But Unilever has found that the round table’s loose certification system cannot eliminate deforesters from supply chains, and efforts at reform have been slow. “It’s not good enough,” Gail Klintworth, the company’s global chief sustainability officer, told me. “We want 100 per cent traceability.” Unilever needed to know exactly where all its palm oil came from.
And that turned out to be a problem. Unilever discovered that it had hundreds of thousands of smallholder farmers feeding palm oil to mills owned by other companies that in turn sold to the company. Every one of those smallholders was, it felt, a potential deforester – a potential PR time bomb.
So here we are into the world of perverse incentives. To achieve “100 per cent traceability” Unilever has decided to cut the number of smallholder farmers who supply its palm oil – by 80 per cent, according to Gavin Neath, senior vice-president for sustainability. He told a conference in London earlier this year that it was “a cull… to ensure standards”. It was not he said, that the smallholders were bad guys, but that for a large corporation they were untraceable and therefore a risk.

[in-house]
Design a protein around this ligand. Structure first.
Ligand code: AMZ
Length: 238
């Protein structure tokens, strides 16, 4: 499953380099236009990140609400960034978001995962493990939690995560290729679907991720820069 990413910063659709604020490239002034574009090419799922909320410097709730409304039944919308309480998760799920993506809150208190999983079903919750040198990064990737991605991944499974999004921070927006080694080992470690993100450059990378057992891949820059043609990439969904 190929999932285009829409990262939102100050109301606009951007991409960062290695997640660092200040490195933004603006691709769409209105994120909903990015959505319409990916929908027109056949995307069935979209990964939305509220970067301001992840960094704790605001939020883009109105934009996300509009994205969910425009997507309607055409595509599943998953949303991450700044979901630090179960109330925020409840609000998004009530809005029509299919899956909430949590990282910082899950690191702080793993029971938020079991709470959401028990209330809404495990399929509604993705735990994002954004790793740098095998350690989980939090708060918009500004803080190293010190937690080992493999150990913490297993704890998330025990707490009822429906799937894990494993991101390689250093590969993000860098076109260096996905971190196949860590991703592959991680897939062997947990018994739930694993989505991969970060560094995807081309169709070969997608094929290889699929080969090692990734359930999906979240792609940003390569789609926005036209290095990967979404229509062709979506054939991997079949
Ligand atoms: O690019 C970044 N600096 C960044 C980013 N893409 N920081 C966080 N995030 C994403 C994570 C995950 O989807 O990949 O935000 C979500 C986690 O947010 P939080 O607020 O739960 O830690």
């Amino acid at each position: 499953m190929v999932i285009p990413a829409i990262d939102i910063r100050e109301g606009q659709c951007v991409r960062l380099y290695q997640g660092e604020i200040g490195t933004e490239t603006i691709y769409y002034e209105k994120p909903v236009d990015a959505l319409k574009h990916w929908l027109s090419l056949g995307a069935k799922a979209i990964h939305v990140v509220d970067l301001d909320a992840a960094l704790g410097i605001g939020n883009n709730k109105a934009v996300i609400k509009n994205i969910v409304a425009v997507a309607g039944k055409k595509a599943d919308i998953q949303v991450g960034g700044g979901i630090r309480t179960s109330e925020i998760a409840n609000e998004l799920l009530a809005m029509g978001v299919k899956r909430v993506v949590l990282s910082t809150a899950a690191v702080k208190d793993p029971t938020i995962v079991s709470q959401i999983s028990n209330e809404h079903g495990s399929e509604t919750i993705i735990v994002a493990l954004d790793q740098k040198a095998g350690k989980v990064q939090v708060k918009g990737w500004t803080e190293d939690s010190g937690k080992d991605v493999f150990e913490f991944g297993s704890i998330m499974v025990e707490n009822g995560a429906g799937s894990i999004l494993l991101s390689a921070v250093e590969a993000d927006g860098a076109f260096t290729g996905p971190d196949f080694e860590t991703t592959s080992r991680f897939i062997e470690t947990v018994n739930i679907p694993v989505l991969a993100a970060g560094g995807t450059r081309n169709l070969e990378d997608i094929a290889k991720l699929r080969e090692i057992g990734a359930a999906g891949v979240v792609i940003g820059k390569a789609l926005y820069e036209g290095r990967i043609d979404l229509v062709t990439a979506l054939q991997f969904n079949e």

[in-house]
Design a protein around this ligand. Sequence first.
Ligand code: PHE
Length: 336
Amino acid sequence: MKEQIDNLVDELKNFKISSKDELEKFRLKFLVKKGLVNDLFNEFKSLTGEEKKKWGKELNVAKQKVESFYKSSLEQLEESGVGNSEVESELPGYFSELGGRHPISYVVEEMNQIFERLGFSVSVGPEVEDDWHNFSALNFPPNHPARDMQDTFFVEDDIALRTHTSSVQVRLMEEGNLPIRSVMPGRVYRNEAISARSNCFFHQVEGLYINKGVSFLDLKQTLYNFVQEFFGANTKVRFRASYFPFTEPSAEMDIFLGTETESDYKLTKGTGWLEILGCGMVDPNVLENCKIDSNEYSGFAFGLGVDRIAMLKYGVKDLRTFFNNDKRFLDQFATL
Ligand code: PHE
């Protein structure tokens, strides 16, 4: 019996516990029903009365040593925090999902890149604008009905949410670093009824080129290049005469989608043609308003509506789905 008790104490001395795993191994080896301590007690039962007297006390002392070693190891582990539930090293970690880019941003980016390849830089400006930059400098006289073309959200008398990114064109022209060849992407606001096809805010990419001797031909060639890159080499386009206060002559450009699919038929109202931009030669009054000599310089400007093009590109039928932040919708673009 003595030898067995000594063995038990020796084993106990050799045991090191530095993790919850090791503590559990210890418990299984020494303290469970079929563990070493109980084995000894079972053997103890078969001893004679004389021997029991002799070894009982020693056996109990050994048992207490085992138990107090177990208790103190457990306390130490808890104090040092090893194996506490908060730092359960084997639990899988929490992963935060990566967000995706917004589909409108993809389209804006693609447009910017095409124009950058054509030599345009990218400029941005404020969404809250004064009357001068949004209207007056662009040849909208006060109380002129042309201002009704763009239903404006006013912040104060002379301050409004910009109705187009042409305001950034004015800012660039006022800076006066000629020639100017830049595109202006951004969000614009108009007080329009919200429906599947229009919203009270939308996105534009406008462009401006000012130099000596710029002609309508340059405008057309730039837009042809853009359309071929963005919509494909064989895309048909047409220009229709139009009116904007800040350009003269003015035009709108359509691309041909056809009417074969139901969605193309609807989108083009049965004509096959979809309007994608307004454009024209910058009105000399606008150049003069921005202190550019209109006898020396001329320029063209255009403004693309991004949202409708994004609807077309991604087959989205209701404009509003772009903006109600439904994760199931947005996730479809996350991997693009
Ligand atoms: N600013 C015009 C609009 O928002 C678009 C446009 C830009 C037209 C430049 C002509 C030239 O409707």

Klintworth admitted that the rest was “a trade-off” in which social concerns lost out to environmental ones. The result is a greater reliance on large palm oil plantations and a further turn of the land grabbing screw – all in the name of green ethics.
But where are the social ethics?
While Greenpeace has been pressing hard for the company to deliver a traceable supply chain that could demonstrate no deforestation – and by some accounts threatened to “destroy’ Dove, the company’s top soap brand, if it did not act – nobody, so far as I could establish, has been insisting that the company should stick with its smallholders.
As Poynton pointed out in Interlaken, “no deforestation” is a powerful slogan that many companies are willing to adopt. The phrase appears in board room agendas and annual reports. But as yet similar attention is rarely paid to “no exploitation” or “no land grabbing”. Somehow the voices demanding these things do not get heard in the places where it matters.